Jon Lord‘s distinct Hammond organ was as much part of the Deep Purple sound as Richie Blackmore‘s guitar or Ian Gillan‘s vocals. He of course spent more time in the band than both of them, Gillan not being in the original lineup and Blackmore not being in the reformed band of more recent years.
As well as Deep Purple, Jon Lord spent time in many other bands, both before and after his Purple career. They included Paice, Ashton & Lord, The Artwoods with Ron Wood‘s brother Art, Whitesnake, The Flower Pot Men and he played piano on The Kinks‘ debut hit, “You Really Got Me.” He never restricted himself to heavy rock either, playing everything from Classical and Jazz to Pop music.
Here’s a clip of the signature tune that he will always be associated with. Jon can only really be seen towards the end of this clip, but it’s a good live version and his hands and playing are featured from the beginning.
English rocker Jon Lord, who founded Deep Purple and co-wrote their most famous song, Smoke On The Water, has died aged 71.
The Leicester-born keyboard player, who had pancreatic cancer, died in London on Monday.
A statement on his website said he had passed “from Darkness to Light”.
The statement said Lord was “surrounded by his loving family” when he died.
Last year, Lord told fans he was “fighting cancer and will therefore be taking a break from performing while getting the treatment and cure”.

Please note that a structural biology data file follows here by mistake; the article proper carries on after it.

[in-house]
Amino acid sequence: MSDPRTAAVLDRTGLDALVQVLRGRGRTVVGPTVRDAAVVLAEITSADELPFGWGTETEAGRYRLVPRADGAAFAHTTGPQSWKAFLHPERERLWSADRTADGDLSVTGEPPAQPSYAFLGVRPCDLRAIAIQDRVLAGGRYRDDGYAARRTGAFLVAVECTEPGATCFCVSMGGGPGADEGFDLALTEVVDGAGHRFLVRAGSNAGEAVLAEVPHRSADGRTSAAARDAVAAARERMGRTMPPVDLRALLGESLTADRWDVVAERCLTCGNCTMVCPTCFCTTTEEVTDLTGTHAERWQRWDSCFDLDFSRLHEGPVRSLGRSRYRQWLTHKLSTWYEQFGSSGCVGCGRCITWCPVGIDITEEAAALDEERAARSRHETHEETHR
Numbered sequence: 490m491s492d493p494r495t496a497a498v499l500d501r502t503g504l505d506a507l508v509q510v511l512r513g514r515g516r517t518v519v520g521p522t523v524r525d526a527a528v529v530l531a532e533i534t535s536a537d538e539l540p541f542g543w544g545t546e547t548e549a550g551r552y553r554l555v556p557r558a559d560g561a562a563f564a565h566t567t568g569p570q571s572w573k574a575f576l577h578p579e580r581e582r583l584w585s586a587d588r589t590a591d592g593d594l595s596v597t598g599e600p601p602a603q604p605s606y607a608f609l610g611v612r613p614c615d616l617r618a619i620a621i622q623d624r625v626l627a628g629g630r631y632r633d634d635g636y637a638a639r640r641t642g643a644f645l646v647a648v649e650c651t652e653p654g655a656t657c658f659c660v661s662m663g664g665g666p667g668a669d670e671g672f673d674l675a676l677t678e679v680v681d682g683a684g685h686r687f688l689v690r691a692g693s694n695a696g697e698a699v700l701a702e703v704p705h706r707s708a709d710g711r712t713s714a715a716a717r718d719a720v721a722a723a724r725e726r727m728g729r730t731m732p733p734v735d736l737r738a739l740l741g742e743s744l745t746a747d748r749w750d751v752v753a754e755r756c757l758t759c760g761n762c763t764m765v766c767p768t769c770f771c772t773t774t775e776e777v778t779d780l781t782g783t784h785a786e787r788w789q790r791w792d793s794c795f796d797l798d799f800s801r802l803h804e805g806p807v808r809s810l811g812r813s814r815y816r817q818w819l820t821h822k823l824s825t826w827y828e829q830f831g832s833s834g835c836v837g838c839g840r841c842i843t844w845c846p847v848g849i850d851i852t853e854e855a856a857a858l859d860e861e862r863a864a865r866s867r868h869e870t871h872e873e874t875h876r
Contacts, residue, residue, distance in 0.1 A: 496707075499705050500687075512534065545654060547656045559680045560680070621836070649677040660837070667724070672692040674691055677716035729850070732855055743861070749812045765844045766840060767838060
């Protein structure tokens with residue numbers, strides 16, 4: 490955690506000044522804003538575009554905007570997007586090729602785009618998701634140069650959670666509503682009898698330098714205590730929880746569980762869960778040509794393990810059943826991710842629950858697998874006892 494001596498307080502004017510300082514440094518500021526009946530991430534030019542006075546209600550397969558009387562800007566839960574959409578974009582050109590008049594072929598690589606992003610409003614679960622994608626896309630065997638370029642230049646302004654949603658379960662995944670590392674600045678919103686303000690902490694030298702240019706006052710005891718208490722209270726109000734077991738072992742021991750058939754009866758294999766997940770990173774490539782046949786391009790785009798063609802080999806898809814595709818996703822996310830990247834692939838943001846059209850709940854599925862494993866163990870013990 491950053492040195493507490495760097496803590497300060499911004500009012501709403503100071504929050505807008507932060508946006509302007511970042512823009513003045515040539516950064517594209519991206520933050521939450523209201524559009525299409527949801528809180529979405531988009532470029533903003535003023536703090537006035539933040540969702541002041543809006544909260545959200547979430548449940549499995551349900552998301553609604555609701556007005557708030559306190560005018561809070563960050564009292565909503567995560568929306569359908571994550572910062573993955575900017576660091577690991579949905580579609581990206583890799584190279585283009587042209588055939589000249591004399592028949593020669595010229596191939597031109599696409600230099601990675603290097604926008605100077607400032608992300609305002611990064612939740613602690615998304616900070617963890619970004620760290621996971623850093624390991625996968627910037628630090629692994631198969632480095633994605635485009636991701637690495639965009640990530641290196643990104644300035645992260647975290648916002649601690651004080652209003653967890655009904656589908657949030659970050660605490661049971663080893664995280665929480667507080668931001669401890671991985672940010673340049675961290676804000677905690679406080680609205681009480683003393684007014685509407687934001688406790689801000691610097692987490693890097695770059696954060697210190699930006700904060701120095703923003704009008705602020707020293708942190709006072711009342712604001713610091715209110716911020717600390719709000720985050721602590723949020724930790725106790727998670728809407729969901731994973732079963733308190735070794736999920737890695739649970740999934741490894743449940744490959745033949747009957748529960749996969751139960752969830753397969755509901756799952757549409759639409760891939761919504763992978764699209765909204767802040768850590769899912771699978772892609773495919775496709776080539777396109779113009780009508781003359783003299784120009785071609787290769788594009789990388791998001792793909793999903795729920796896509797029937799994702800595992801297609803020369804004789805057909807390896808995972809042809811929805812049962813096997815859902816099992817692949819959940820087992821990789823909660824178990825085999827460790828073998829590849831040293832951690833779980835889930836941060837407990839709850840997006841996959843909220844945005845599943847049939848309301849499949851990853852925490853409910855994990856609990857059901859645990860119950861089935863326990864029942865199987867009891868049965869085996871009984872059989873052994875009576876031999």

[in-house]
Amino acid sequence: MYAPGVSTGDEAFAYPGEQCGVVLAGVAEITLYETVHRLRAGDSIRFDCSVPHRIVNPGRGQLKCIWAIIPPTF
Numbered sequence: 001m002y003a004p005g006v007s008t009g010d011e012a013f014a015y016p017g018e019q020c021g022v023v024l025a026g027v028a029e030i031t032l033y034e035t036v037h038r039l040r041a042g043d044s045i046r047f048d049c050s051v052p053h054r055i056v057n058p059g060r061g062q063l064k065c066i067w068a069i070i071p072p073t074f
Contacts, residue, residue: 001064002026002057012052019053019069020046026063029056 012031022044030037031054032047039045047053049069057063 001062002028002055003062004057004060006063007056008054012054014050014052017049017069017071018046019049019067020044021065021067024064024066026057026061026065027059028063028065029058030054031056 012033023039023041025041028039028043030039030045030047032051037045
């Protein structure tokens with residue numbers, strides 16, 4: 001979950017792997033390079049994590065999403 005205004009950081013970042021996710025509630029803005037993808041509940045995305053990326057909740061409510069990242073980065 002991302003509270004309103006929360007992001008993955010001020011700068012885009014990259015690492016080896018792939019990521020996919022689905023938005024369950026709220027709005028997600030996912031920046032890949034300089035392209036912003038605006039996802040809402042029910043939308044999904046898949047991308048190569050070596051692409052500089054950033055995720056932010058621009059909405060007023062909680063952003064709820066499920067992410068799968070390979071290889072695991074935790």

In a message on his website dated August 9, 2011, he added: “I shall of course be continuing to write music – in my world it just has to be part of the therapy – and I fully expect to be back in good shape next year.”
Lord started playing the piano in his family home and took classical music lessons before turning to jazz and rock’n’roll.
He moved to London at 19 to go to drama school, but was soon playing piano in pubs and bars and in 1964 joined cult blues band the Artwoods – formed by Ronnie Wood’s brother Art.
The band were critical favourites but never translated that into commercial success and split up.
Lord then went on tour with manufactured psychedelic pop combo The Flowerpot Men, who had scored a hit with Let’s Go To San Francisco, before joining Deep Purple in 1968.
The heavy rockers sold more than 100 million albums – many featuring Lord’s classically inspired keyboards.
But their most famous song was the simple Smoke On The Water with its trademark riff….More at Deep Purple’s Jon Lord dies at 71